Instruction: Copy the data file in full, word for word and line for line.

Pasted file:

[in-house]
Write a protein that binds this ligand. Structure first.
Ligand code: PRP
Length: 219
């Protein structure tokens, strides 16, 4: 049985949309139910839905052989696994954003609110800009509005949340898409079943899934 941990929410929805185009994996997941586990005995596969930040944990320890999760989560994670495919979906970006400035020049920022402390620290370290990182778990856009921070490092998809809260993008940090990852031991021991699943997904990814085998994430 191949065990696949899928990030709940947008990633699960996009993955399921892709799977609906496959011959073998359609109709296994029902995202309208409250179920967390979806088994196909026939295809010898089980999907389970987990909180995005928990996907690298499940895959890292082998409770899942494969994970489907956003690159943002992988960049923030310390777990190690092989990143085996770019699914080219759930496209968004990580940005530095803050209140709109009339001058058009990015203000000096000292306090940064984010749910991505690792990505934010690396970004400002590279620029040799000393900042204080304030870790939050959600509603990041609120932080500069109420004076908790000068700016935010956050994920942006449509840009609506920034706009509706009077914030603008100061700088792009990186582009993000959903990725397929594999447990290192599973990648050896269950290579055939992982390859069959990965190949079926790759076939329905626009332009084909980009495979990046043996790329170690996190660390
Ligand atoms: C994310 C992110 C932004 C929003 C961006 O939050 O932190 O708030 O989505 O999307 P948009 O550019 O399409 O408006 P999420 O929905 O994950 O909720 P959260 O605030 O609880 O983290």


[in-house]
Write a protein that binds this ligand. Structure first.
Ligand code: PRP
Length: 219
């Protein structure tokens, strides 16, 4: 049985949309139910839905052989696994954003609110800009509005949340898409079943899934 941990929410929805185009994996997941586990005995596969930040944990320890999760989560994670495919979906970006400035020049920022402390620290370290990182778990856009921070490092998809809260993008940090990852031991021991699943997904990814085998994430 191949065990696949899928990030709940947008990633699960996009993955399921892709799977609906496959011959073998359609109709296994029902995202309208409250179920967390979806088994196909026939295809010898089980999907389970987990909180995005928990996907690298499940895959890292082998409770899942494969994970489907956003690159943002992988960049923030310390777990190690092989990143085996770019699914080219759930496209968004990580940005530095803050209140709109009339001058058009990015203000000096000292306090940064984010749910991505690792990505934010690396970004400002590279620029040799000393900042204080304030870790939050959600509603990041609120932080500069109420004076908790000068700016935010956050994920942006449509840009609506920034706009509706009077914030603008100061700088792009990186582009993000959903990725397929594999447990290192599973990648050896269950290579055939992982390859069959990965190949079926790759076939329905626009332009084909980009495979990046043996790329170690996190660390
Ligand atoms: C994310 C992110 C932004 C929003 C961006 O939050 O932190 O708030 O989505 O999307 P948009 O550019 O399409 O408006 P999420 O929905 O994950 O909720 P959260 O605030 O609880 O983290």